WARP v3 Getting Started Exercises

Developing custom applications on WARP requires using design tools from Xilinx. These tools are sophisticated (i.e. they're complicated) and can be daunting to a new user. We've created some simple exercises that introduce the core tools most WARP users will use.

Basic Design Structure

All WARP reference designs are built using the Xilinx Embedded Development Kit (EDK). The EDK enables construction of designs with both a processor, for running custom software, and custom hardware cores for real-time processing and connecting to off-chip hardware.

The EDK includes two primary tools:

  • Xilinx Platform Studio (XPS): integrates the hardware cores for a design, including the MicroBlaze processor, memory, peripherals and interfaces for off-chip hardware
  • Xilinx Software Development Kit (SDK): a full suite of software compilation and debugging tools for the MicroBlaze processor

The basic structure of WARP reference designs is illustrated below.

The major components of this architecture are:

  • MicroBlaze soft processor: The MicroBlaze is a processor core implemented in the FPGA fabric and is supplied by Xilinx as part of the EDK. This processor replaces the hard PPC405 core familiar to users of WARP v1 and v2.
  • Memories: the Virtex-6 FPGA includes a large number of "block RAMs", or internal RAM blocks which can be interconnected to form arbitrarily sized memory areas accessible to the MicroBlaze. These block RAMs are used for cache, instruction and data storage.
  • Processor bus: a standard bus connects the MicroBlaze to each core in the system. Current reference designs use a bus called PLB; future designs will migrate to the newer AXI standard.
  • Peripheral cores: a collection of peripheral cores compose every hardware design. Some are provided by Xilinx (like the UART and Ethernet MAC). We have designed others (like the WARP v3 user I/O and radio interface cores).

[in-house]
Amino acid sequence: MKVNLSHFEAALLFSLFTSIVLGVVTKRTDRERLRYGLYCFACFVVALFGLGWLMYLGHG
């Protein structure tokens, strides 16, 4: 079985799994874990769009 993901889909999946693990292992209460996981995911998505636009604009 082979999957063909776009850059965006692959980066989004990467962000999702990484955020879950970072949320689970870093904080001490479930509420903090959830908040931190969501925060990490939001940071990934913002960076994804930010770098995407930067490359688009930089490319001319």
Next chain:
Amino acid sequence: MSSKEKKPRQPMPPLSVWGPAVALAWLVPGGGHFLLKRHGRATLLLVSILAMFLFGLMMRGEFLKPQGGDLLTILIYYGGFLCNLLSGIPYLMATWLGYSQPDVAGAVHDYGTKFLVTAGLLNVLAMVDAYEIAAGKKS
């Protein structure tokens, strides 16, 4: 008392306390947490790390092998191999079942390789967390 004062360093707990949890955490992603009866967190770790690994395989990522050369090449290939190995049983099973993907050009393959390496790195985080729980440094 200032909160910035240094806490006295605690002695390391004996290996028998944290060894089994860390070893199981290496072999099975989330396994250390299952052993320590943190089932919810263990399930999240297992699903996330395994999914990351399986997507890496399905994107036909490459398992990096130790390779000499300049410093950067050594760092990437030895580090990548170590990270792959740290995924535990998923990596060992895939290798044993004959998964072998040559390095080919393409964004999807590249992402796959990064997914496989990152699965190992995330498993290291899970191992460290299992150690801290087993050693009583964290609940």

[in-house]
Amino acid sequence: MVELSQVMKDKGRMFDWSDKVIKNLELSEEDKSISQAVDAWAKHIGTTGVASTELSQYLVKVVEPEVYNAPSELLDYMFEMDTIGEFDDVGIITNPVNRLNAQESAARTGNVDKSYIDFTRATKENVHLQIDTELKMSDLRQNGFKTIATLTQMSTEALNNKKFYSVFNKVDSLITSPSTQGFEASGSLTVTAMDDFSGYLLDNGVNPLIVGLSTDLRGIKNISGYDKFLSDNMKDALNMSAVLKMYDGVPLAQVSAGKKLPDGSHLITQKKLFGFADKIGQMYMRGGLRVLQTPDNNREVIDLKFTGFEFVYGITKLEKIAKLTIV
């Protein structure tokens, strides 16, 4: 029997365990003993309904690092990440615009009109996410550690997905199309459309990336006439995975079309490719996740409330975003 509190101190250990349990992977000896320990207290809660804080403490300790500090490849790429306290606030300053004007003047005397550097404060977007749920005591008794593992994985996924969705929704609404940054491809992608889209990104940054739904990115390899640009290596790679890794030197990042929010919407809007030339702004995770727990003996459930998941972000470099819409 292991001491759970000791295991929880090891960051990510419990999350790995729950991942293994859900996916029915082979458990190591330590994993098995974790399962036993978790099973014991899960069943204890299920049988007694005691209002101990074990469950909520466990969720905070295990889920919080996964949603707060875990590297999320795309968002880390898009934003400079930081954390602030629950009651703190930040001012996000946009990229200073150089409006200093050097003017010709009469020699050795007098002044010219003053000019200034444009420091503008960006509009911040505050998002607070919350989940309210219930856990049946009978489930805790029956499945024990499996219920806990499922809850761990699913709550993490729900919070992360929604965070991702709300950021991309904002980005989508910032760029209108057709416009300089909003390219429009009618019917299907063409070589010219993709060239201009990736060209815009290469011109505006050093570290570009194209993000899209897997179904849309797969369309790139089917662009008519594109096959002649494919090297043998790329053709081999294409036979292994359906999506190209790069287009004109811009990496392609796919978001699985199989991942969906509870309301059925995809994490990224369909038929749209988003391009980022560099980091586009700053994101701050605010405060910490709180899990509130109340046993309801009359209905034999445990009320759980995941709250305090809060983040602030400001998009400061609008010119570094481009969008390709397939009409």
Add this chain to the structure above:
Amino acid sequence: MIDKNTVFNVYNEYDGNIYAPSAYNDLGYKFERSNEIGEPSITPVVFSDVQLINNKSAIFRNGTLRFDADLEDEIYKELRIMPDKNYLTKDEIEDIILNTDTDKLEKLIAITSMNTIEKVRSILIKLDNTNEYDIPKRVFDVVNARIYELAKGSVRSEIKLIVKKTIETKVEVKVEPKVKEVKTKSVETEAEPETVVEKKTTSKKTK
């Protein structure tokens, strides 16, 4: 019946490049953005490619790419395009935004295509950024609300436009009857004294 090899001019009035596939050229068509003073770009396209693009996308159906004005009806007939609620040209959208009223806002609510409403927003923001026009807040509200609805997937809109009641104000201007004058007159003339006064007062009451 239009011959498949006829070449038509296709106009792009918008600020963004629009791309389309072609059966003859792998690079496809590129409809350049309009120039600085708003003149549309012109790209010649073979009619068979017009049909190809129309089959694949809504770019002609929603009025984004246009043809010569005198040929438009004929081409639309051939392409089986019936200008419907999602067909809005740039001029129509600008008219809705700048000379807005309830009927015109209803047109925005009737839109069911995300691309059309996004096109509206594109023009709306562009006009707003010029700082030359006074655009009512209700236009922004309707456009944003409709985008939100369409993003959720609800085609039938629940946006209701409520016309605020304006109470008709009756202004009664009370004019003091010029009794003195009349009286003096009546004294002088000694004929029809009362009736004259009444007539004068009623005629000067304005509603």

• Off-chip resources: these blocks represent the other hardware on WARP v3 besides the FPGA, like the radio interfaces, FTDI USB-UART transceiver and Marvell Ethernet PHYs

The MicroBlaze processor and connected cores are all implemented in the FPGA fabric using XPS. The output of the XPS flow is a "bitstream" with the fully synthesized and implemented hardware design. This bitstream integrates the MicroBlaze, the standard peripheral cores, your custom cores, I/O assignments and clock configurations. However the MicroBlaze instruction and data memories are blank in this bitstream.

The XPS-generated bitstream (and its associated hardware specification) is the starting point for an SDK project. The SDK compiles custom code for the MicroBlaze, along with drivers for the various cores included in the XPS hardware design. The output of this process is an "elf" file, the software binary ready for execution by the MicroBlaze. The elf binary is combined with the XPS-generated bitstream to program the FPGA with the final hardware+software design.


We have designed the exercises below to introduce the Xilinx tools we use for building designs on WARP v3. We recommend working through the exercises in order.

Introduction to the Software Development Kit: This is the classic "hello world" project for WARP v3 using the Xilinx SDK. This exercise shows:

  • How to create a Xilinx SDK workspace and import existing hardware, bsp and software projects
  • How to update C code and compile the software project
  • How to download and execute a software project on WARP v3

Introduction to Xilinx Platform Studio: This exercise introduces Xilinx Platform Studio (XPS). This exercise shows:

  • How to open and navigate one of the WARP v3 template projects
  • How to instantiate a custom peripheral core in XPS
  • How to access the custom core's registers from a software project in the SDK

Exporting a Peripheral Core from System Generator: In this exercise, you will create a custom peripheral using Xilinx System Generator (an FPGA design tool integrated with MATLAB/Simulink). This custom peripheral can then be used in an XPS project, using the procedure introduced in the XPS Intro exercise above.

Reference Designs

Once you're comfortable with the design flows introduced by the exercises above, we recommend getting started with one of our reference designs.

  • WARPLab: A framework for rapid prototyping of physical layer algorithms in MATLAB, using real signals transmitted/received via WARP hardware.
  • OFDM Reference Design: Implements an OFDM physical layer transceiver and CSMA MAC protocol, both of which operate in real-time in the FPGA
Last modified 11 years ago Last modified on Jun 20, 2013, 2:02:40 PM